Purpose – The purpose of this study is to assist teachers in developing inquiry-based learning environments in secondary and post-secondary subject area classrooms that support their diverse students’ capacities for deep and intellectually engaged reading.
Design – Reading Apprenticeship professional learning has been developed to transform teachers’ understanding of their role in students’ literacy development and to build teachers’ capacity for re-enacting literacy instruction in the academic disciplines, engaging students in text-based inquiry, supporting their ongoing engagement, and gradually turning the work of learning over to students. The model reflects the understanding that for practice to become truly responsive to the needs and varied contexts of teachers’ work, teachers must become adaptive and generative in their use of specific practices. Reading Apprenticeship immerses teachers in experiential learning through patterns of practice that we expect them to recreate in their own classrooms. Teachers participate in inquiries designed to help them become reacquainted with their own disciplinary expertise in relation to literacy. Importantly, teachers collaboratively analyze students work through case studies of student literacy learning and videotaped classroom lessons designed to help teachers to reimagine what they and their own students can accomplish.
Findings – Reading Apprenticeship instructional tools and routines offer multiple opportunities for teachers to hear and respond to student thinking in relation to the text, thereby deepening the student reasoning processes and turning work over to students. The work of gradual release occurs in recursive cycles of reciprocal modeling that respond to students’ particular puzzlements and challenges with specific texts and engage students in shouldering more of the work of learning moment-to-moment, over time. Just as curricular ideas and topics build on one another over the course of a year of study, the challenges of text-based inquiry increase and build on previous accomplishments, constantly extending students’ reach. Engaging learners in taking up the work of text-based inquiry is a continuous cycle of support and graduated release and challenge calibrated to students’ needs and skill levels in the current learning moment.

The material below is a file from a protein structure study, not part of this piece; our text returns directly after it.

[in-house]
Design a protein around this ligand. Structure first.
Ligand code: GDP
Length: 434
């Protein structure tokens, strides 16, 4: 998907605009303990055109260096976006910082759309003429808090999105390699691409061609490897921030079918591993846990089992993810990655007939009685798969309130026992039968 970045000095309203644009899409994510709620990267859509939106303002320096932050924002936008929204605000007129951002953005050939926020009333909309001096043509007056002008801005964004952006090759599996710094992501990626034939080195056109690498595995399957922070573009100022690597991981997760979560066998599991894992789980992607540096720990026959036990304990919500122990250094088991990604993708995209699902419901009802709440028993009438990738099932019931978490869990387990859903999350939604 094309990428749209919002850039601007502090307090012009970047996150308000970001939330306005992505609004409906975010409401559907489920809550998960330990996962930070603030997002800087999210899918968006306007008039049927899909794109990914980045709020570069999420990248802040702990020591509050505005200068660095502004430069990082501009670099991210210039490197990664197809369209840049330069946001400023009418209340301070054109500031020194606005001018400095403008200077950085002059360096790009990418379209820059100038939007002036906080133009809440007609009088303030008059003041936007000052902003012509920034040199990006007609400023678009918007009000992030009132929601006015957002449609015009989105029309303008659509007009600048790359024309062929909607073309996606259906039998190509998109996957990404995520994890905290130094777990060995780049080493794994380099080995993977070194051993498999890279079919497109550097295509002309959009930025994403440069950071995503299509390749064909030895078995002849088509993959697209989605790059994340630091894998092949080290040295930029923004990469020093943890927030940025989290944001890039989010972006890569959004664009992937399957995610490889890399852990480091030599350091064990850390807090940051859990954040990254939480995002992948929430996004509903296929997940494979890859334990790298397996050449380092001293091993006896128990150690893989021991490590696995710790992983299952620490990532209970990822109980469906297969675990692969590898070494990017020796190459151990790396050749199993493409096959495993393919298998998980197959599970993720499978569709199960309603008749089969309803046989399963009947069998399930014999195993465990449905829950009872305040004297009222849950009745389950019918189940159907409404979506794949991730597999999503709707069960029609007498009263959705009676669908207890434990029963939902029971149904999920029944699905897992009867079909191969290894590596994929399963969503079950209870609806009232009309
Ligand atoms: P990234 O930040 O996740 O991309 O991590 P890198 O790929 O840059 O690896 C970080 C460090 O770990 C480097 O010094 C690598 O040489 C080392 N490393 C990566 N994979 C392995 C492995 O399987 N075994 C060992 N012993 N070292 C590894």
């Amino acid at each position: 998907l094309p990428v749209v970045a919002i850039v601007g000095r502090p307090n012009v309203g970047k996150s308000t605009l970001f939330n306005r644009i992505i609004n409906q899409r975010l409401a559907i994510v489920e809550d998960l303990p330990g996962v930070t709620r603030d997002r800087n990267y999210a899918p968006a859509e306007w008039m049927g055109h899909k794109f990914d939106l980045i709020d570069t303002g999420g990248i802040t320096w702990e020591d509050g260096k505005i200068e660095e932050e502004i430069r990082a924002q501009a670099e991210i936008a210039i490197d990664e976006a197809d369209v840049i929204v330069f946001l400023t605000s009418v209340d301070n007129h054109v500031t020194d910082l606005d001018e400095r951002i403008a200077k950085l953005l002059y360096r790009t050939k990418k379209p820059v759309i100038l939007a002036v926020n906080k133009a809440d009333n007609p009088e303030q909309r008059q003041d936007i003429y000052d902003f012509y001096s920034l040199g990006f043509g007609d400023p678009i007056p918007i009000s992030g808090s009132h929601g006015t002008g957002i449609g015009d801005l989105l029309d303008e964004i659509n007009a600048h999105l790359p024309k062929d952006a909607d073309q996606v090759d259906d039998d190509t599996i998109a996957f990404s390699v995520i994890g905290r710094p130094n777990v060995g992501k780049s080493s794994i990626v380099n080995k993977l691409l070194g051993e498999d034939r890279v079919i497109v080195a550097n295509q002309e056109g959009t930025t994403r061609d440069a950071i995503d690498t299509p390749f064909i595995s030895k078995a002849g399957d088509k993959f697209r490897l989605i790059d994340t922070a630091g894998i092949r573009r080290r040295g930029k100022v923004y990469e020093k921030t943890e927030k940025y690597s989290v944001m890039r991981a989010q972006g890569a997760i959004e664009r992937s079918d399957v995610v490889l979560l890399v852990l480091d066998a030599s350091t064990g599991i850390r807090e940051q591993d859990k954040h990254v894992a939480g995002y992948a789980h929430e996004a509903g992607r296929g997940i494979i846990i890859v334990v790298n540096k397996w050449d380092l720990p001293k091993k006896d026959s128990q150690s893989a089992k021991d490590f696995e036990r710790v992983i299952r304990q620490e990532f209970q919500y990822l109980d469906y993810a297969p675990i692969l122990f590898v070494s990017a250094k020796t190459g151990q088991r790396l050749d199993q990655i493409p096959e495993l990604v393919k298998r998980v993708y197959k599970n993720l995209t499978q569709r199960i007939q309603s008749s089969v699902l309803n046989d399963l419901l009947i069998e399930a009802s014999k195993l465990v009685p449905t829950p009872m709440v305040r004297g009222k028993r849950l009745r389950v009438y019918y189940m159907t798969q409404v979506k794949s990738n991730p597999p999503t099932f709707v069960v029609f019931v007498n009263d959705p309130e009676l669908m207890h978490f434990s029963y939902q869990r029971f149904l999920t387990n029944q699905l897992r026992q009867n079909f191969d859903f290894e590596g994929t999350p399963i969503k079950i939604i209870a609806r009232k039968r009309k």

Practical Implications – Current policies focused on accountability and efficiency in school reform conflict with evidence-based understandings of the learning process. The ongoing nature of learning and development through the gradual release of responsibility require that we not only tolerate, but unreservedly embrace and value learning progressions and their messiness for both students and their teachers. Embracing the ongoing learning journey calls for tolerance and generosity that we often withhold from teachers and students alike – to be in process, to be a learner, and to be en route to accomplishment. Learning entails risk and vulnerability. If we are truly invested in growth for both students and teachers, we must expect to invest continuously in and provide sustained support for their learning. The more opportunities to learn teachers are able to offer students, the more students can do. And the more students can do, the more teachers can give them.
Greenleaf, C. and Katz, M.-L. (2019), "Releasing Responsibility for What? Developing Learning Environments for Text-Based Inquiry in the Disciplines in Secondary Schools", McVee, M.B., Ortlieb, E., Reichenberg, J.S. and Pearson, P.D. (Ed.) The Gradual Release of Responsibility in Literacy Research and Practice (Literacy Research, Practice and Evaluation, Vol. 10), Emerald Publishing Limited, Bingley, pp. 37-52. https://doi.org/10.1108/S2048-045820190000010003
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